Dr. Robert A. Broady, a practicing Sevier County physician from 1937 to 1983, began a dairy at this site around the 1940s with one half-breed Jersey cow. A family whose child was suffering from diphtheria needed money for treatment in Knoxville General Hospital, so Dr. Broady bought a cow from the family and the child went immediately to the hospital. Before long others began paying for treatment with cows. Dr. Broady never accepted a family's only milk cow but instead asked for a calf the following spring. By 1952 Broady's Ayrshire dairy herd had the best record for quantity of milk produced in the entire southeast. Broady Dairy sold to milk plants in Knoxville. His hospital served the dairy milk, and he sold it to local residents for fifty cents a gallon; more available milk meant less likelihood of rickets, caused by vitamin D deficiency. John Wright worked at the dairy which grew to three hundred cows and included LeConte Farm on Lower Middle Creek. Arthur Byrd, Ernest Hatcher, Robert Murphy and others tended the farm which produced prize milk cows shown in the county fair. The animals were trained to give milk with radios blaring in the barn after it was observed that the fair's loudspeakers were making the cows nervous and reducing milk production.
At the age of 12, this son of a Presbyterian minister earned $4.00 a week working from before dawn to dusk on a large fertile Indiana farm. In 1917 his family moved from the Midwest to White Pine, Tennessee. Dr. Broady entered college to study agriculture, but in 1923 a "God calling" and a presentation at Maryville College by a medical missionary changed his life. At Maryville, he crossed paths with Ellen Cox of Seymour. The two dated while he attended the University of Pennsylvania Medical School and she was at Philadelphia General Hospital Nursing School. They married in 1930.By 1933 he and Nurse Broady were serving as medical missionaries in China where over 50,000 patients were examined or treated throughout their five year tenure which included the 1936 malaria epidemic. The Chinese were so grateful for the two Americans that they presented them with a silk banner: "Liang Nam Sha Yeu" or "It has rained south of Laing River" which meant that the Broady couple treated everyone the same, rich or poor. Their growing family left China in 1937 as the threat of World War II loomed.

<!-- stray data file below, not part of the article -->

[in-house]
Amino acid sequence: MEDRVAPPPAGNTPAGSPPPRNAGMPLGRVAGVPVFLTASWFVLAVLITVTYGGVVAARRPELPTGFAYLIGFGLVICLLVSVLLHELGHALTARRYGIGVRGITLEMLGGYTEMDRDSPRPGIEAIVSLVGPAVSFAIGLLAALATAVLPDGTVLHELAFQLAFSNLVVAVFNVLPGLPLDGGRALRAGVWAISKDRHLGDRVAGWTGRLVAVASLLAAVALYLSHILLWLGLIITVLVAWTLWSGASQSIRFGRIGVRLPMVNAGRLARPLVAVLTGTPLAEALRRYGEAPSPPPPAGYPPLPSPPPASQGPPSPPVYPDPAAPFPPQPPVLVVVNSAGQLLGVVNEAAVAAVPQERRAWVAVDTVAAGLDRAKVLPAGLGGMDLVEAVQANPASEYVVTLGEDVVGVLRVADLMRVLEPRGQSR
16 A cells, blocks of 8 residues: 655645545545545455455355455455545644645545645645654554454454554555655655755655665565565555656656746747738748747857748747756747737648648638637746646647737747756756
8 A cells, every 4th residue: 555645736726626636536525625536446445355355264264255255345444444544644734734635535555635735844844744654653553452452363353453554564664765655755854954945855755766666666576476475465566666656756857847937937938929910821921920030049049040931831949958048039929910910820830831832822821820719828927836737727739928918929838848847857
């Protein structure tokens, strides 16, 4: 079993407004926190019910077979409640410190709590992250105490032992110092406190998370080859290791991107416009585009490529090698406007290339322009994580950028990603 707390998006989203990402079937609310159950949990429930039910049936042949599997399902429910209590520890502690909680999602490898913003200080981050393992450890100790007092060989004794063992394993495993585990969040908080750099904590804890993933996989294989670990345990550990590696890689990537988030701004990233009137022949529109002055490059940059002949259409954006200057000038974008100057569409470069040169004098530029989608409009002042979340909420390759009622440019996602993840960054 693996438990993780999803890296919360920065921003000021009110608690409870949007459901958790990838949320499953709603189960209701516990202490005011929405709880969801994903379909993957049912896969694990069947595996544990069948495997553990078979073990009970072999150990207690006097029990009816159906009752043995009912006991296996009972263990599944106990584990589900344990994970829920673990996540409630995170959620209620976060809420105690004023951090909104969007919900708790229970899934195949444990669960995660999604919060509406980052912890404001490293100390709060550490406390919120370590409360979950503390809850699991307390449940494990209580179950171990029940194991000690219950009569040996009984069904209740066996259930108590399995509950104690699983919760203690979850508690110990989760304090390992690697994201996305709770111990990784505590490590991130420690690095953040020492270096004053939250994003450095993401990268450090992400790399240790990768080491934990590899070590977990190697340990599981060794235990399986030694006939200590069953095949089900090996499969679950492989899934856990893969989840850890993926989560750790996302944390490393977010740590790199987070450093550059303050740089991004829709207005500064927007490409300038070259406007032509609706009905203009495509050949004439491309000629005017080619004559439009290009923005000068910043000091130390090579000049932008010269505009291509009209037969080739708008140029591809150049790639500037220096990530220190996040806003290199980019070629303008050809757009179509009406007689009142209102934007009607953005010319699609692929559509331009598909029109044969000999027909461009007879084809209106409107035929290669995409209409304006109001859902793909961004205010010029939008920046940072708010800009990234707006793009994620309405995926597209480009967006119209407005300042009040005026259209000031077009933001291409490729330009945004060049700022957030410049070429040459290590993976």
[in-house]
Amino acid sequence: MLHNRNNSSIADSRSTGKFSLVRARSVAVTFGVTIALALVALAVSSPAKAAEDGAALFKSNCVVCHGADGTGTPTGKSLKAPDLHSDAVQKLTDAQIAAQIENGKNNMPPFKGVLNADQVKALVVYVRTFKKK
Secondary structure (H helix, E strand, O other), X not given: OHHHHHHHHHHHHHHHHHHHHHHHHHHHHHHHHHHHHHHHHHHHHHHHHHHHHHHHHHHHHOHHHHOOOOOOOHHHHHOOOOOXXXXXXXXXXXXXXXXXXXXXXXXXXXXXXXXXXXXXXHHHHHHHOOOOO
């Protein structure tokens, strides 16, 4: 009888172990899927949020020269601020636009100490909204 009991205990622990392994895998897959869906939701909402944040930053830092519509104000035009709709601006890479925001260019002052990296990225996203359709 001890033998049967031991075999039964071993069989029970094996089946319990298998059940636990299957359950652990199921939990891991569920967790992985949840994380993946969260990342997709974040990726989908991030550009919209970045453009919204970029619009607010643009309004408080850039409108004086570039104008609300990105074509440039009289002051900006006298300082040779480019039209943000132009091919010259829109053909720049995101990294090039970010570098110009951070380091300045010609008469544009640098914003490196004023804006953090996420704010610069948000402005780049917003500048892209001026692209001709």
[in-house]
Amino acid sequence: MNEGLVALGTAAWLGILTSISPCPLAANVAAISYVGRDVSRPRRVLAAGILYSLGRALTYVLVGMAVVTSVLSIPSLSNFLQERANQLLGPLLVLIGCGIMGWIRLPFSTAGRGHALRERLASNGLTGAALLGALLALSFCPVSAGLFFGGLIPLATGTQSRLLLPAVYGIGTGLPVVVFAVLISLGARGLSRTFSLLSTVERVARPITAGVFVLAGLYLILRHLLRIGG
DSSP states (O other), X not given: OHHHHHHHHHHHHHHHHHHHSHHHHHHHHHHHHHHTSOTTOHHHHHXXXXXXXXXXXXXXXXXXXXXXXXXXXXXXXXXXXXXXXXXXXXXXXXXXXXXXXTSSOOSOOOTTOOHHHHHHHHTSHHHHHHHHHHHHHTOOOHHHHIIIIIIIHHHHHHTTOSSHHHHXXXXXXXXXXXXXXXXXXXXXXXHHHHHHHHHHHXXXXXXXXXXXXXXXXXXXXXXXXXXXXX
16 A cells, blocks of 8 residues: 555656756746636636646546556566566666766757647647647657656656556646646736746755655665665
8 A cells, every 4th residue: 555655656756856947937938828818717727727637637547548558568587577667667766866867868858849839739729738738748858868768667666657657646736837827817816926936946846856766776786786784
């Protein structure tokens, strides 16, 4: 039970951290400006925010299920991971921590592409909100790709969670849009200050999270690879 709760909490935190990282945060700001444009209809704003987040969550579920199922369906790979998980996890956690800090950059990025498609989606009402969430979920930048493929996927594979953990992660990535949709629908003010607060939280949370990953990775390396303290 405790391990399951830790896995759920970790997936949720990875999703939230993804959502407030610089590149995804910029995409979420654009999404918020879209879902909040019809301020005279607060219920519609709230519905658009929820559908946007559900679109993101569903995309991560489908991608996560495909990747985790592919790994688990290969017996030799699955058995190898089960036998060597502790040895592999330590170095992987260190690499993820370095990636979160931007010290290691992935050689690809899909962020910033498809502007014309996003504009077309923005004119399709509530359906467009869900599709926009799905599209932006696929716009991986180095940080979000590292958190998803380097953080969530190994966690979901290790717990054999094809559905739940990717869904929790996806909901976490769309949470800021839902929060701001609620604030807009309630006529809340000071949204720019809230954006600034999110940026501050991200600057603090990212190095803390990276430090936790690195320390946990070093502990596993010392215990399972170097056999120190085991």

In 1937 the two moved to Mrs. Broady's native county and opened a medical office over Wade's Department Store in Sevierville. The town doctor made numerous house calls, switching from car to mule to reach back country homes, sometimes crossing treacherous rain-swollen or frozen waters. In 1940 Broady Hospital opened on Bruce Street; he felt this was his greatest accomplishment. Practicing for nearly half a century, Dr. Broady delivered 7,107 babies, a sizeable portion of the county population. Many of these were assisted by Mrs. Broady who also taught nursing and managed the hospital. Nurse Broady was an efficient caring woman whose advice in the hospital found its way into the homes and daily lives of wives and mothers. The couple had six children, two of whom died in separate accidents before they were grown.
Mr. W. J. Brown, Church of God Children's Home Director, wrote of Dr. and Mrs. Broady in 1983, "You are a tonic for all who know you. We love you and always will."
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